Responses by Egor Mikhailov, project manager; and Masha Samokhodkina, art director and designer, Little Room.
Background: Little Big is a Los Angeles–based raved band from Saint Petersburg known for provocative viral YouTube videos. They approached us to create a website for their tenth anniversary and a new video release. Our goal was to capture the band’s unique vibe and complement the world they’ve created in their videos. The site primarily caters to Little Big fans, champion their beloved videos and provide an interactive experience.
The website serves as a showcase for the band, enabling visitors to discover Little Big and dive into their art. Fans can buy concert tickets and connect with the band directly.
Design core: We believe this website perfectly represents Little Big, reflecting their aesthetic with a bold, provocative design that appeals to both the band and their fans. We used a brutal style with vibrant colors, aggressive fonts and intentionally messy photo clipping.
The site is packed with interactive features and hidden Easter eggs. On the main page, users can move and interact with elements such as creating their own portrait of Ilich, the band’s frontman. The contact page lets you try drawing a bear inspired by one of Ilich’s tattoos.
Challenges: We had complete creative freedom without limitations, which presented its own challenges. It’s rare to work with a client who has no specific requirements, but it was also a responsibility and a professional pleasure.
Balancing creativity, interactivity, usability and loading speed proved to be challenging. Our focus was to ensure and easy, clear experience for users looking to buy tickets and contact the band.
Divergent paths: If we were to start over, we’d emphasize the site’s drama and storytelling more. We wanted to take users on a music video–like journey with a plot, climax and denouement. There are also noteworthy video clips that we haven’t incorporated visually, but we see them as potential additions in future updates. We believe the site should evolve and stay dynamic to reflect the band’s progress in new creative eras.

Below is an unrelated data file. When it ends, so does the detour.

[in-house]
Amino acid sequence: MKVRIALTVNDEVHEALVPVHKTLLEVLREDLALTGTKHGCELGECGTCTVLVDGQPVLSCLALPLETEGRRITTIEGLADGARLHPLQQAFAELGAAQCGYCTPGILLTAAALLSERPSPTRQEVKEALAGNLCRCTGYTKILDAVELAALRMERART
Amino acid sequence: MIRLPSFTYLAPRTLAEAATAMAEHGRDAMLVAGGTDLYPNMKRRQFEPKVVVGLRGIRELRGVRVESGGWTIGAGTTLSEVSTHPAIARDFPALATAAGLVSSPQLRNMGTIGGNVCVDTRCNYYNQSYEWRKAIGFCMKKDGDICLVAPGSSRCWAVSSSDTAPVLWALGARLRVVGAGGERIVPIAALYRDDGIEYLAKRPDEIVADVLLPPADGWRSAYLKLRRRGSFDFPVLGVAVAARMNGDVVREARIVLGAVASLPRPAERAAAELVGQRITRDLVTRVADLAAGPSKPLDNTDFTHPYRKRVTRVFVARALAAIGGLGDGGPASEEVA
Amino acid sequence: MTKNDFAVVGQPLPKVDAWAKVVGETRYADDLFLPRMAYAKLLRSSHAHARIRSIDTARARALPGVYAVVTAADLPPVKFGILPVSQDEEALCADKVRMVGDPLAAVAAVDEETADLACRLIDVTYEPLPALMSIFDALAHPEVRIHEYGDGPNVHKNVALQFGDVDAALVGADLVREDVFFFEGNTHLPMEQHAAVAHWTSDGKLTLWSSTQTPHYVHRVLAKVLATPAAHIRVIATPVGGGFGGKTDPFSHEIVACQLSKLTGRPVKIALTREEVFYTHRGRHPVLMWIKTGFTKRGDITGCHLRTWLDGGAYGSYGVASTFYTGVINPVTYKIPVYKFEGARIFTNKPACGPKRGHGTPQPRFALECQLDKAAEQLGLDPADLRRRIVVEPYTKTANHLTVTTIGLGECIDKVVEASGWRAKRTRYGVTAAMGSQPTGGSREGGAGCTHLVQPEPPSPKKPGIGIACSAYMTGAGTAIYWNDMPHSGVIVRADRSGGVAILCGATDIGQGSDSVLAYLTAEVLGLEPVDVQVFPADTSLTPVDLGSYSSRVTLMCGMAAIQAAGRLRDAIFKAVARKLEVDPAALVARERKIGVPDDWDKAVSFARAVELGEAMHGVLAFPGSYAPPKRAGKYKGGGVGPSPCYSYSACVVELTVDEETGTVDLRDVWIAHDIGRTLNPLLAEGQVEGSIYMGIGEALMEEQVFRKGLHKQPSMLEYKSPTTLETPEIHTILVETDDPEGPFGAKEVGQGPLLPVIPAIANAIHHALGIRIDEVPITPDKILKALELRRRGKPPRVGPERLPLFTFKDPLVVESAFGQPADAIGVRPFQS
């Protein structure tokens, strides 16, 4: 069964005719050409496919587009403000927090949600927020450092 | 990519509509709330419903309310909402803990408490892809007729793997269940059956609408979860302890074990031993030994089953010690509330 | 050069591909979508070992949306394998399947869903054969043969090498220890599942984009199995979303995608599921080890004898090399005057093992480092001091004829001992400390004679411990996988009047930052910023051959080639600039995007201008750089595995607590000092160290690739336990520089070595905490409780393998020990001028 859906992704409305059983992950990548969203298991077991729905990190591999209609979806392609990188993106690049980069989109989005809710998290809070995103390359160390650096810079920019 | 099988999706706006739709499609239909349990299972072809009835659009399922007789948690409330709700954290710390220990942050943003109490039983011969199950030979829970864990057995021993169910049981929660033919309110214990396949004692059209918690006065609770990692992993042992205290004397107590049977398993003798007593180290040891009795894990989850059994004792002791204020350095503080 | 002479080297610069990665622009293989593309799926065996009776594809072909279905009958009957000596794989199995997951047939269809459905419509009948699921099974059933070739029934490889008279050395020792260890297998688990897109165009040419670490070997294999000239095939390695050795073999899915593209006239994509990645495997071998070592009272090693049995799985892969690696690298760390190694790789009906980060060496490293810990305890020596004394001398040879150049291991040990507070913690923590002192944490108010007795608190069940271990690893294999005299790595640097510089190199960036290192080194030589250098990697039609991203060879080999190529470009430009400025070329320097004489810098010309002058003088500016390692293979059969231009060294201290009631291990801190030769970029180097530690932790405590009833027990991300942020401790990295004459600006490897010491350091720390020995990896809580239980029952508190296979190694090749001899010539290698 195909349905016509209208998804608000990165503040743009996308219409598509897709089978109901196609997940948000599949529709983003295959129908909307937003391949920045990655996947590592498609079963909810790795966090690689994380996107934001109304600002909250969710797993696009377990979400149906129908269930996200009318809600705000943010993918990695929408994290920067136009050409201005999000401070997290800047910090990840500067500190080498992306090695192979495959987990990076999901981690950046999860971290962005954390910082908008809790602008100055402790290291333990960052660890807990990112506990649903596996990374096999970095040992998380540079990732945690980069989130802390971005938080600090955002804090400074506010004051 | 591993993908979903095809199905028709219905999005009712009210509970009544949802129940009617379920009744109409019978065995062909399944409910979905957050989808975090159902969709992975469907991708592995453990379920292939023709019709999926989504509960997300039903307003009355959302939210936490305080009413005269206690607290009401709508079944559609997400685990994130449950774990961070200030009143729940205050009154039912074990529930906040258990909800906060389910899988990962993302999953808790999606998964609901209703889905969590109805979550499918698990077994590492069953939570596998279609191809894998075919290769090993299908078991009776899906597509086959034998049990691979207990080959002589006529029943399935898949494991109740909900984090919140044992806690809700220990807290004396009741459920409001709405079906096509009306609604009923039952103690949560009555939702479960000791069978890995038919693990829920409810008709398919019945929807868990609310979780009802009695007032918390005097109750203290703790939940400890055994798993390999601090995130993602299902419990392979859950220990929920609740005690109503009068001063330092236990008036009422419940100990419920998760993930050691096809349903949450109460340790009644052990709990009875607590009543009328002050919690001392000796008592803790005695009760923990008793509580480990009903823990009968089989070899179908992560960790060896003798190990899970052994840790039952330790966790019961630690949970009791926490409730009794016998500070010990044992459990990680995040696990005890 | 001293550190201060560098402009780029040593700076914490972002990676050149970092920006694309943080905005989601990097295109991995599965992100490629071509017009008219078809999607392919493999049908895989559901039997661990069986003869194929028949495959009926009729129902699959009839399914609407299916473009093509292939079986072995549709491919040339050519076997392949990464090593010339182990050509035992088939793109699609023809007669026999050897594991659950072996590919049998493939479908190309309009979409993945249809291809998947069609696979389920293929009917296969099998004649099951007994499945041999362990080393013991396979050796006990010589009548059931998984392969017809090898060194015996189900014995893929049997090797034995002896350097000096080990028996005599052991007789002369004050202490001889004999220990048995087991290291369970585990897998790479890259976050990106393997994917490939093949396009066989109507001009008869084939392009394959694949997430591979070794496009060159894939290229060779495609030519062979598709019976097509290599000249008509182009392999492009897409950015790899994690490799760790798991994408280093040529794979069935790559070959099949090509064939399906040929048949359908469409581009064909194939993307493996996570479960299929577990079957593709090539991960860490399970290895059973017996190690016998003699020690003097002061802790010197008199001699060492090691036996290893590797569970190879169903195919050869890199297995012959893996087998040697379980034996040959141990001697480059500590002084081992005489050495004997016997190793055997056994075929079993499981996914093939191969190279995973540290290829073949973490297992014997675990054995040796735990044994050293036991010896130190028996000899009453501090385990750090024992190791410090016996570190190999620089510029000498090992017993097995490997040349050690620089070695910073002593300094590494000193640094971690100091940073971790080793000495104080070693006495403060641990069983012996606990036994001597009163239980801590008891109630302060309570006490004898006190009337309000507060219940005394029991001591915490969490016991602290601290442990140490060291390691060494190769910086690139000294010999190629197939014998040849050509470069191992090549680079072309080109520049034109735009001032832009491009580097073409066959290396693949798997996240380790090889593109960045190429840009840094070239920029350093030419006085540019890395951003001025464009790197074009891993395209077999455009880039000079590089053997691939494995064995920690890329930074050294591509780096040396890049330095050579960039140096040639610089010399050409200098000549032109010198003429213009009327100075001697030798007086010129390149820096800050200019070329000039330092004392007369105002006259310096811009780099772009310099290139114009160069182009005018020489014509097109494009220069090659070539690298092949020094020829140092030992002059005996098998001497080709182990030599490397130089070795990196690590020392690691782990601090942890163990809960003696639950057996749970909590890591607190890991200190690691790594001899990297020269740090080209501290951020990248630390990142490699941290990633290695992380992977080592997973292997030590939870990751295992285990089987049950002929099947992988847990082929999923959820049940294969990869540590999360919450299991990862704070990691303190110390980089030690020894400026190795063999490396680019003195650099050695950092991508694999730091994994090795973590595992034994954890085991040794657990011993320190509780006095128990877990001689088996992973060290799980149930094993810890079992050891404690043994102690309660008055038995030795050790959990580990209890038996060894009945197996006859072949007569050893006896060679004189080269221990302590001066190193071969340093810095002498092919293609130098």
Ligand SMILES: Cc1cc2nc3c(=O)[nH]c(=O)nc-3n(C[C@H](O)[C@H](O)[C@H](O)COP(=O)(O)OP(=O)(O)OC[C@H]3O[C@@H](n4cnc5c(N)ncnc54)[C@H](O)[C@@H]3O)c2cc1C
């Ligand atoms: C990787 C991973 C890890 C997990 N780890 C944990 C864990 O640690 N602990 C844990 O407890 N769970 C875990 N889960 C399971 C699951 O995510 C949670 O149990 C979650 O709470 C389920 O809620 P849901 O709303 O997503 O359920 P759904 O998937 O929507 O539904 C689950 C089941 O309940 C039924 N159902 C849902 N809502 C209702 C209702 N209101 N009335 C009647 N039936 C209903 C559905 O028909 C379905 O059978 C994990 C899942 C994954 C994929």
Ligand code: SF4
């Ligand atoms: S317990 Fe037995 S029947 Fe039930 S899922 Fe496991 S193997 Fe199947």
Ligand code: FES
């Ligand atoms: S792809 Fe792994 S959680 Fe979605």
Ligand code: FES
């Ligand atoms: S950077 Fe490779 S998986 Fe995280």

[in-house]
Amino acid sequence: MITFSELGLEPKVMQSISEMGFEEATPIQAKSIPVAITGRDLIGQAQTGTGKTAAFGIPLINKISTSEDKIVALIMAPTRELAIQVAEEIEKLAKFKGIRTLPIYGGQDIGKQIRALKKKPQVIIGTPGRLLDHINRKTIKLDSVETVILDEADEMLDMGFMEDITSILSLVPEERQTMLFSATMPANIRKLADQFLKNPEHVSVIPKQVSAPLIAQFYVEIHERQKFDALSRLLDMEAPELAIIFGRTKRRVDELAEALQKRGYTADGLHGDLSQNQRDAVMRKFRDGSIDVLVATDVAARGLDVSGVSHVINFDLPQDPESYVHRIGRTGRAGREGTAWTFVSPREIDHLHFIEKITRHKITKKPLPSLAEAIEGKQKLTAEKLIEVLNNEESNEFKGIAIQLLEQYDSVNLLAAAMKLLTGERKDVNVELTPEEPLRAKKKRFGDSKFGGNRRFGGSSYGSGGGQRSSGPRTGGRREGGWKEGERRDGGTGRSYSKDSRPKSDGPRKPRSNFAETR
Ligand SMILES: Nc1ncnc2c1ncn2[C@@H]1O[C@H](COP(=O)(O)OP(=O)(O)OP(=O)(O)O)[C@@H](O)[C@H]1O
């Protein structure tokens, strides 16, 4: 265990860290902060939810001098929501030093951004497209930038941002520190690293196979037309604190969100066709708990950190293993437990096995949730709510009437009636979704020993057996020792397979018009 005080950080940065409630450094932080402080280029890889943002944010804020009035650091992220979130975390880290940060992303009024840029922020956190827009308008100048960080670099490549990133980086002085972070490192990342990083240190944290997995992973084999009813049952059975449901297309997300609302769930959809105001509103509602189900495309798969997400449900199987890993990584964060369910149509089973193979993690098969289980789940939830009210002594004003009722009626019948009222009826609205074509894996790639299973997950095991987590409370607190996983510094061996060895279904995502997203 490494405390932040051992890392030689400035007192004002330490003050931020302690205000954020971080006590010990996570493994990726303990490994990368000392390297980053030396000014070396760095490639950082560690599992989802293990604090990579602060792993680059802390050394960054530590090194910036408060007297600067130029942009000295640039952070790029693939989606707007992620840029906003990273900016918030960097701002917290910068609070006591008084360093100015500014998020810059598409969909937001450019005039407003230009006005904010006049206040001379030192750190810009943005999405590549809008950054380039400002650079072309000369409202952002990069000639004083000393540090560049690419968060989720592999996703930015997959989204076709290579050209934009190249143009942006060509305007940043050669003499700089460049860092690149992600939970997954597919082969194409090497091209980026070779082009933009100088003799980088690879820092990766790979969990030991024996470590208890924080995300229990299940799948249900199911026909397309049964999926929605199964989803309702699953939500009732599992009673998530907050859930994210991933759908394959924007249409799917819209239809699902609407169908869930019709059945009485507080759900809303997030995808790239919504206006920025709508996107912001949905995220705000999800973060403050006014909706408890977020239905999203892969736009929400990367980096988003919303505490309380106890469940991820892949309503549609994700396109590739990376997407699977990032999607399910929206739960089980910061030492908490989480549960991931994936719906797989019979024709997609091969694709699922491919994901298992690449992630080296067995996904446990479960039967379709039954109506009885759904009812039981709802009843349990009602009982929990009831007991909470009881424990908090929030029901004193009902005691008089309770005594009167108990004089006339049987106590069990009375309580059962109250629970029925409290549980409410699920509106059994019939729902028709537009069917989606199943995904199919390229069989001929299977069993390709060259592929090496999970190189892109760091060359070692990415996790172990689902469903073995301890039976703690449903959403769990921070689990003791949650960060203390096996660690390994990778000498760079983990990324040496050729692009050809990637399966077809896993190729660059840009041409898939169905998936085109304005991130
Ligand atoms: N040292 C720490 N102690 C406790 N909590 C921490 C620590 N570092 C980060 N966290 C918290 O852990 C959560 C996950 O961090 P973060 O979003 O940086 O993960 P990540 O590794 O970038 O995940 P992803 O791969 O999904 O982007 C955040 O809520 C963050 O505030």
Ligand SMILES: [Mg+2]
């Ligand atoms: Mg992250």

Navigation structure: The site’s structure is simple with only three pages, including the homepage. We rephrased menu items into interactive elements to grab attention. In addition to the standard header menu, call-to-action buttons and links to inside pages are duplicated further on the main page. A prominent block on the top of the page highlights the band’s tour, ensuring users don’t miss it while scrolling. At the bottom, there is a clickable shopping cart of merchandise. Items can be moved around in the cart with the mouse.
Each subsequent block intersects with the previous one, using overlapping elements to encourage users to keep scrolling. It’s like the blocks say, “Hey, look! There’s more interesting stuff ahead!”
Technology: We built the website using the low-code platform Tilda. We’re still amazed at how low-code solutions offer designers and developers ample opportunities.
New lessons: We are proud of this work. We believe we’re setting the bar for other musicians’ and creators’ sites, so they won’t use standard multilink pages that complete ignore the artist’s personality.
During the project, our team learned not to think in patterns or even in a grid. The project differs from many that we have done in its boldness and challenges our setups and attitudes that are stuck in the web-design world right now. Punk’s not dead!
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